When You Miss the Early Signs of Your Child's Mental Illness
As parents we can get busy — busy with life, with carpools and jobs. We get busy with helping with homework and figuring out what’s for dinner.
Maybe that’s why when my daughter started withdrawing the summer before eighth grade, I was too busy to be really concerned. When she wanted to stay in her room on a beautiful day, I dragged her with me to the pool. As she got quieter and quieter, I was still busy juggling life with her two active siblings.
Suddenly all that came to a roaring stop. I was at school bingo with her brother and sister when I received a call from her best friend’s mom. Everything stopped when this woman told me her daughter admitted to her that my child was having suicidal thoughts. The child I had left home alone for the evening was having what? I ran out of the school leaving my children with another mother and prayed desperately during the five minutes it took me to get home. I can’t even remember what I promised God I would do if I could just find her home safe. I do know I would have promised anything. So I burst through the door, found her OK and sat her down to talk. How could I have been so unaware? Not only was my child so depressed that she wanted to die but she had been self-harming for months. How had I missed this?
This happened on a Friday night and by Tuesday, my child, my firstborn, was admitted into the hospital. I have always thought I was good in a crisis, but nothing prepared me for the paralyzing feelings of fear and helplessness that sometimes made breathing impossible.
We got a diagnosis of bipolar disorder. This was based on her symptoms and the fact that there was a family history of bipolar. Now here comes the meds. Those little pills that can bring a whole suitcase full of side effects. We would wait to see what worked and in a year we tried at least six different kinds. The drowsiness, weight gain, stomachaches and hallucinations she went through were all in our quest to find what worked. Each time I went to the pharmacy, I prayed that this time it would help.
Between the end of eighth grade to the middle of freshman year, she was hospitalized four times. We finally realized we needed to do something more drastic and we sent her to a residential program for a month. We had to stop this endless cycle of in and out of hospitals. We finally found a medication that helped and she began to see a physiatrist and therapist regularly. We also had to fight with her school to get her accommodations that would help her be more successful.
Every day I was still looking for signs, afraid of missing something. I became something of a robot. I still did the carpools, homework and laundry, but I had pushed my emotions down so far I began to fear what would happen if I let go for a second. How could I break down when she needed me? To this day, there are fears and emotions I haven’t truly dealt with, but are still in the vault I locked inside myself. The whole family was affected by this. Once when I had to take her for an appointment and I had a friend pick up my other kids after school, my kids were instantly panicked their sister was back in the hospital. My husband, an incredibly strong man, struggled with the helplessness of not being able to chase away the disease that was threatening to take our child away from us.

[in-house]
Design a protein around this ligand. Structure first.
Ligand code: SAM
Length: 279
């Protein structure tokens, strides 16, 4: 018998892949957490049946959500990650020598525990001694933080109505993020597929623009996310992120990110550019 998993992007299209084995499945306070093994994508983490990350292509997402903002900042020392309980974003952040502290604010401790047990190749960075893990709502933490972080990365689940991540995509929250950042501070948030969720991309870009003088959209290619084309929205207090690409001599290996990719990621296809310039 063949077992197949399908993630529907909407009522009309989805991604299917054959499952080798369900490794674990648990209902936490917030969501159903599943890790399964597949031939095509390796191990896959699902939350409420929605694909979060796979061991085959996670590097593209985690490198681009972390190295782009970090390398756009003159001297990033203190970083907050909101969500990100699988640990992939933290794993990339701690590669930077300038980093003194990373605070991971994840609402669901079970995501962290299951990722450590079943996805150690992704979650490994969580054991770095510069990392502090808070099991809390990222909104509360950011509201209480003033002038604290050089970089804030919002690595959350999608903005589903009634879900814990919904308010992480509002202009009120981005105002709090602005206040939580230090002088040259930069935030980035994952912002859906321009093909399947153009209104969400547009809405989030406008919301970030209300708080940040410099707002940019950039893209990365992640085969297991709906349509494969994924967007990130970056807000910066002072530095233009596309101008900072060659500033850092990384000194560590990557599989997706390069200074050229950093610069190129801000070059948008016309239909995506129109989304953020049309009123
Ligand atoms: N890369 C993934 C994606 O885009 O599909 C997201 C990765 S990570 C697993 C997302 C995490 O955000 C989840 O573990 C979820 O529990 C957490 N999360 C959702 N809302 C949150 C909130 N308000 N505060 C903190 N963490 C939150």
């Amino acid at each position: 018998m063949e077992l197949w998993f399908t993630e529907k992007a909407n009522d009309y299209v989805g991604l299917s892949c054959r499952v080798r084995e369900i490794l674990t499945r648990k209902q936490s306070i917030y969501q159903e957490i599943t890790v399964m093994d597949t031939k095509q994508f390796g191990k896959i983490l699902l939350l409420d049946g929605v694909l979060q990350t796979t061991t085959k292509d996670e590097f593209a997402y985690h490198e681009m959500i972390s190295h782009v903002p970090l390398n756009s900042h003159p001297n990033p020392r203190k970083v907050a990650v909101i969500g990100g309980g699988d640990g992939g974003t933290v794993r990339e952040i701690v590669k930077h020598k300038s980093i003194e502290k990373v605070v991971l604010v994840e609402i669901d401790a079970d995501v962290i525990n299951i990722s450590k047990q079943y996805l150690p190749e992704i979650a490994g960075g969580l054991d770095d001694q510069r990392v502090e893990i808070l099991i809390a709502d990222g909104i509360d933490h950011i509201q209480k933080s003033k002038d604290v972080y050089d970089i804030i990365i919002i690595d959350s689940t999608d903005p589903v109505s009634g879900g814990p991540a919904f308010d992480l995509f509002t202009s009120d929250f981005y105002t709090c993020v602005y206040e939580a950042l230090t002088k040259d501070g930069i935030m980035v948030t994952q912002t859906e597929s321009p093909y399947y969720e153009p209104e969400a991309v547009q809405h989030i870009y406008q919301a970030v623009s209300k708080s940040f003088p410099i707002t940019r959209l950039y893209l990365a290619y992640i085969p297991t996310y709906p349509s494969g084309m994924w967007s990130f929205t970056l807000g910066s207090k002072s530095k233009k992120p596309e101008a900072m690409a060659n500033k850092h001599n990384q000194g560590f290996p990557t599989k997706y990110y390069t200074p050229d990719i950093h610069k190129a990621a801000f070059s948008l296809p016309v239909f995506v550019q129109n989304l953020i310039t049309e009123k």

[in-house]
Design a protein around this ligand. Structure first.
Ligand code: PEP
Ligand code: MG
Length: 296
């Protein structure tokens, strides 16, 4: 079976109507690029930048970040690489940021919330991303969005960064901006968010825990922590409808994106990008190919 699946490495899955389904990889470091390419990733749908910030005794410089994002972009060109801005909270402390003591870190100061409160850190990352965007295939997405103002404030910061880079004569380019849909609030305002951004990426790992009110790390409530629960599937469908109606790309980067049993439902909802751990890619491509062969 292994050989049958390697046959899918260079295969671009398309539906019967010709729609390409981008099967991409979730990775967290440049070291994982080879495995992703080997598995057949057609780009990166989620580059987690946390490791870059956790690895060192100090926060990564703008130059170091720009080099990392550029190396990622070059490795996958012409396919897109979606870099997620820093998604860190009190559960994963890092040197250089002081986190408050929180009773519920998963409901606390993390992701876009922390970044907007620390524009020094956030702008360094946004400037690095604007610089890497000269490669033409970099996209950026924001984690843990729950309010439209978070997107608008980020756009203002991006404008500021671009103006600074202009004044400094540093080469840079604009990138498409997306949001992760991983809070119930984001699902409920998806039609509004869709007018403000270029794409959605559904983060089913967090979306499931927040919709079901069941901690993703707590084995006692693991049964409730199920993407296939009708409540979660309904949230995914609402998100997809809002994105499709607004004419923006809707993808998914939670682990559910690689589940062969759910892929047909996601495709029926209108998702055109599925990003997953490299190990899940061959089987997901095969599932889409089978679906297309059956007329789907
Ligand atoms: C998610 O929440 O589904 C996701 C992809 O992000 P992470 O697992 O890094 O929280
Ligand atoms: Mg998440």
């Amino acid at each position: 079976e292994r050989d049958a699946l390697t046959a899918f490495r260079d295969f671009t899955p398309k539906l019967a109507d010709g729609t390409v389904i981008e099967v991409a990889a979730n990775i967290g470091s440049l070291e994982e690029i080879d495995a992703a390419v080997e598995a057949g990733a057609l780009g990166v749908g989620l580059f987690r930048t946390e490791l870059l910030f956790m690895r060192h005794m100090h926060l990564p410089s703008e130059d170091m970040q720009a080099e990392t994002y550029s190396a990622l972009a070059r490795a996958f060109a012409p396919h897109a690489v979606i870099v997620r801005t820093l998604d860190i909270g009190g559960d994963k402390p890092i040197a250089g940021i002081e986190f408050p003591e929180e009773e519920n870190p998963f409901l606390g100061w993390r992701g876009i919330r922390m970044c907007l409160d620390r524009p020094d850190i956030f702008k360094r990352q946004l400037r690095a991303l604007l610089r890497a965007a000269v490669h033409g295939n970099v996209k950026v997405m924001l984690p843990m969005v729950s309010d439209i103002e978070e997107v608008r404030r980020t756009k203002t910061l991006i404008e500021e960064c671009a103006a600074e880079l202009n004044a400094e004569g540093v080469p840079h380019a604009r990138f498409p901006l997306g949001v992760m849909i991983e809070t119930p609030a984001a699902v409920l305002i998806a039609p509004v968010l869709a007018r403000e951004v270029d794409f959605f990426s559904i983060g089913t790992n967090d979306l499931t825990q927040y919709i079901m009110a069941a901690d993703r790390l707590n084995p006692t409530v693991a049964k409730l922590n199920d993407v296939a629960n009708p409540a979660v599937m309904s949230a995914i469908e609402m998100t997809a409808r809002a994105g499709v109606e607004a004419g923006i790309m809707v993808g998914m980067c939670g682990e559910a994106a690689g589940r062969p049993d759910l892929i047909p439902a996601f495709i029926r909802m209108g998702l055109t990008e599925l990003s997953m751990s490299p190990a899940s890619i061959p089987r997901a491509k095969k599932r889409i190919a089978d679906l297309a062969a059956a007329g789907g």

Fast forward two years and here we are. My daughter surprised us with a granddaughter her junior year and while it was a difficult pregnancy and the postpartum depression was crushing, she made it through. My granddaughter is the most beautiful baby and while we are blessed to have her, she is also blessed with a wonderful mother. Now she’s about to graduate this year, my daughter who may be the bravest and strongest person I know. (Although she would probably argue this). She plans to attend college and hopes to one day help teens who are going through what she went through.
What would I say to other parents? I guess it would be to slow down and look around you. We can get so busy in the maintenance of our lives that we stop noticing things. Even kids who are hiding things from you are also sending you signs that they are in trouble.
We were so lucky we had family and friends to help. Just knowing my friends were there at a moment’s notice was life-saving. When our insurance wouldn’t pay for a residential program, my in-laws paid the bill without hesitation. Every night I prayed for her to get better and for God to give me the strength to help her.
There is no cure, no magic pill, no words that can keep her from ever falling into depression again. I can only hope that we have given her the tools to fight through it and the knowledge that we are always there for her.
If you or someone you know needs help, visit our suicide prevention resources page.
If you need support right now, call the National Suicide Prevention Lifeline at 1-800-273-8255 or text “START” to 741-741.
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